Glossary

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FHA Loan

The Federal Housing Administration is an agency established by the United States government.  Their primary function is to insure residential mortgage loans.

FHA loans typically offer options for first-time home buyers, senior citizens and home improvements.  One of the most difficult elements of the home buying process is saving up enough money for a down payment.  If you are a first-time home buyer, an FHA loan may allow you to make a down payment of 3 percent.  You may also be able to roll your closing costs and other fees into the loan amount.

If you are interested in a home that requires some improvements, there is an FHA loan to address your needs.  An FHA approved lender will check your creditworthiness and if you meet their standards, you will be approved for a loan that covers the cost of the property, plus home improvement costs and closing costs.  You may also be able to get an FHA loan if you already own a home that needs some repairs and improvements.  The loan will cover refinancing costs as well as the costs of making the necessary improvements.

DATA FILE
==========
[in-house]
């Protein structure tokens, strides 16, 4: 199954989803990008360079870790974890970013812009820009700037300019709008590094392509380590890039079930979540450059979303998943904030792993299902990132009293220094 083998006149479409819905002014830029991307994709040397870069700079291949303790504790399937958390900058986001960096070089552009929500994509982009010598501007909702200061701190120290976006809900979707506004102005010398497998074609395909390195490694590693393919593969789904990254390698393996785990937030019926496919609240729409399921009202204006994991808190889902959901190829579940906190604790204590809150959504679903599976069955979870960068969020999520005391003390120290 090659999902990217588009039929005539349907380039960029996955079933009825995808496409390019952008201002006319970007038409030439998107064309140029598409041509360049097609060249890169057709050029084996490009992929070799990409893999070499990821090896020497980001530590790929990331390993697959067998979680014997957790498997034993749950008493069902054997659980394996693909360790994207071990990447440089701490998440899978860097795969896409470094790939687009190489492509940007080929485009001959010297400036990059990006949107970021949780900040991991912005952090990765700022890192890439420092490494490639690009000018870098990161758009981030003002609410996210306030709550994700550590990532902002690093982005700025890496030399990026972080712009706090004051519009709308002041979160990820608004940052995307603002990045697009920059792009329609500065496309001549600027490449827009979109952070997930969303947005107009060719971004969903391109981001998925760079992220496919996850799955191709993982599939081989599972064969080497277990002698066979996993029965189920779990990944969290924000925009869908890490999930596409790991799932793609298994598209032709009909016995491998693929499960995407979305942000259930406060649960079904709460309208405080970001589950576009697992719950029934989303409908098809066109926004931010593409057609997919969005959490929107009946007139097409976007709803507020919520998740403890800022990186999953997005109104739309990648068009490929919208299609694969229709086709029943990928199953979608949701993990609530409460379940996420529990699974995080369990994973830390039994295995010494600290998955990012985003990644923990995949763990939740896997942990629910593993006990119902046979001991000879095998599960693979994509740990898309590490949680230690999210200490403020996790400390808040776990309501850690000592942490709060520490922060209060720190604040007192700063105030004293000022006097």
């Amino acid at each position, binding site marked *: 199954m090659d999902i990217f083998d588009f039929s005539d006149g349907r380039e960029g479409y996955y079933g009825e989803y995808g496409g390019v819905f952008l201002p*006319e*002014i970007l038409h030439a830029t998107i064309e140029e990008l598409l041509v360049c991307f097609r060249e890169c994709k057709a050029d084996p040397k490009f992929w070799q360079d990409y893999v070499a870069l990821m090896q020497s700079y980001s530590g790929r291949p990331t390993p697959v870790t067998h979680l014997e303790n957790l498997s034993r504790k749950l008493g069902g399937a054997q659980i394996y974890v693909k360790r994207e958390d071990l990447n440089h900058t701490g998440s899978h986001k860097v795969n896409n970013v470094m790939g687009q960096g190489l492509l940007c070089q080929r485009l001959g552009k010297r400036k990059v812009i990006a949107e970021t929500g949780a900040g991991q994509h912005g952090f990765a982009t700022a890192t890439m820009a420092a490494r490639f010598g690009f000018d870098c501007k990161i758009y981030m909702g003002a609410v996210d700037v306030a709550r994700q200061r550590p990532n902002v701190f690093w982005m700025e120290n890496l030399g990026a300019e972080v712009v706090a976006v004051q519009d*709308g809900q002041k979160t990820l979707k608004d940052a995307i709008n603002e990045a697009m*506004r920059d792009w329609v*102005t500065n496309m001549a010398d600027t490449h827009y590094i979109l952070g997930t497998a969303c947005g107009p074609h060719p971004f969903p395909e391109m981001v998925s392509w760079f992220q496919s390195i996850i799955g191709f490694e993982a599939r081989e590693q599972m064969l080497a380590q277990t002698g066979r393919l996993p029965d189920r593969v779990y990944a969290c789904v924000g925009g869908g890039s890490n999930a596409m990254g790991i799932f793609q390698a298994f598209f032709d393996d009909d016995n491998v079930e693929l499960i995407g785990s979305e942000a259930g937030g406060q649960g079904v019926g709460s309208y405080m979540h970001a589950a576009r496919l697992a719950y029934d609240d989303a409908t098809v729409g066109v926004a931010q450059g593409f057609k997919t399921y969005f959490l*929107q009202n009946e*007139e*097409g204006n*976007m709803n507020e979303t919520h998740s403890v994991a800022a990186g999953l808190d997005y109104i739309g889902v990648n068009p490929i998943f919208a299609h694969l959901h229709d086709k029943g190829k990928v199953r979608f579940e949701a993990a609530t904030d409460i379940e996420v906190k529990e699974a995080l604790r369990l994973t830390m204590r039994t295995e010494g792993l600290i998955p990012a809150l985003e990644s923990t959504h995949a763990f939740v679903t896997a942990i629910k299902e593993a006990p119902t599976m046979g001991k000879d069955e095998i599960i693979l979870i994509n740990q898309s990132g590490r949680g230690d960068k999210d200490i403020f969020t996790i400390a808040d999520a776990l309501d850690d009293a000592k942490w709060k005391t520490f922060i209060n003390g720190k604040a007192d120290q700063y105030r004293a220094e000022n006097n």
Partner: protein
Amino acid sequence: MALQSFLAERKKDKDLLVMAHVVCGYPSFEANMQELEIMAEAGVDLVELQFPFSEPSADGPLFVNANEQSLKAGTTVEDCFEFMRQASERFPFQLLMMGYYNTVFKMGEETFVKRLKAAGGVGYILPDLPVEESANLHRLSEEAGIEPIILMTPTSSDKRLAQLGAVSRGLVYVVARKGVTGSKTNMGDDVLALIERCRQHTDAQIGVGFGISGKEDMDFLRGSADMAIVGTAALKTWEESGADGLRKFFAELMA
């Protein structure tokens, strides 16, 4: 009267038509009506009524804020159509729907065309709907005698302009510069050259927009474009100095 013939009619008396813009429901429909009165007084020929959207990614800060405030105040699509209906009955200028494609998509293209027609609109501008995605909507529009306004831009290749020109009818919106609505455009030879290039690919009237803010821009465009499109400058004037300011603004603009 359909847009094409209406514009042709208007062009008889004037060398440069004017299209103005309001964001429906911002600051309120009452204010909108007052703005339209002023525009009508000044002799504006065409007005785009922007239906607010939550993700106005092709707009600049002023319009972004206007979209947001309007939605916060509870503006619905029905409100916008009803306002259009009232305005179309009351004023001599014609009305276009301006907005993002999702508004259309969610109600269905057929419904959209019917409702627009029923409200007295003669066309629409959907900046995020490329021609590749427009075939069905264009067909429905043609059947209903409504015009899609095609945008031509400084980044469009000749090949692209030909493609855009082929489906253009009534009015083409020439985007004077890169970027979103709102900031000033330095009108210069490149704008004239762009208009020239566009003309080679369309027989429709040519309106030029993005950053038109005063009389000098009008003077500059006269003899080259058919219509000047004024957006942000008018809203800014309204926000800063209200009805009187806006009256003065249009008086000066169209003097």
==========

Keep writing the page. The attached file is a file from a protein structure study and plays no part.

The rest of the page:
And if you are a senior citizen who has a great deal of home equity or outright owns your home, an FHA loan might help you make the most of your financial situation.  Instead of paying a lender each month, reverse mortgages allow you to turn your home equity into cash.  There are age and property type restrictions, but reverse mortgages can help you manage your finances as you grow older.

If you are interested in getting an FHA loan, you can go to the FHA page on the Housing and Urban Development web site at http://www.hud.gov/fha/loans.cfm.  If you have questions or need advice regarding an FHA loan, you can also call (800) 569-4287.
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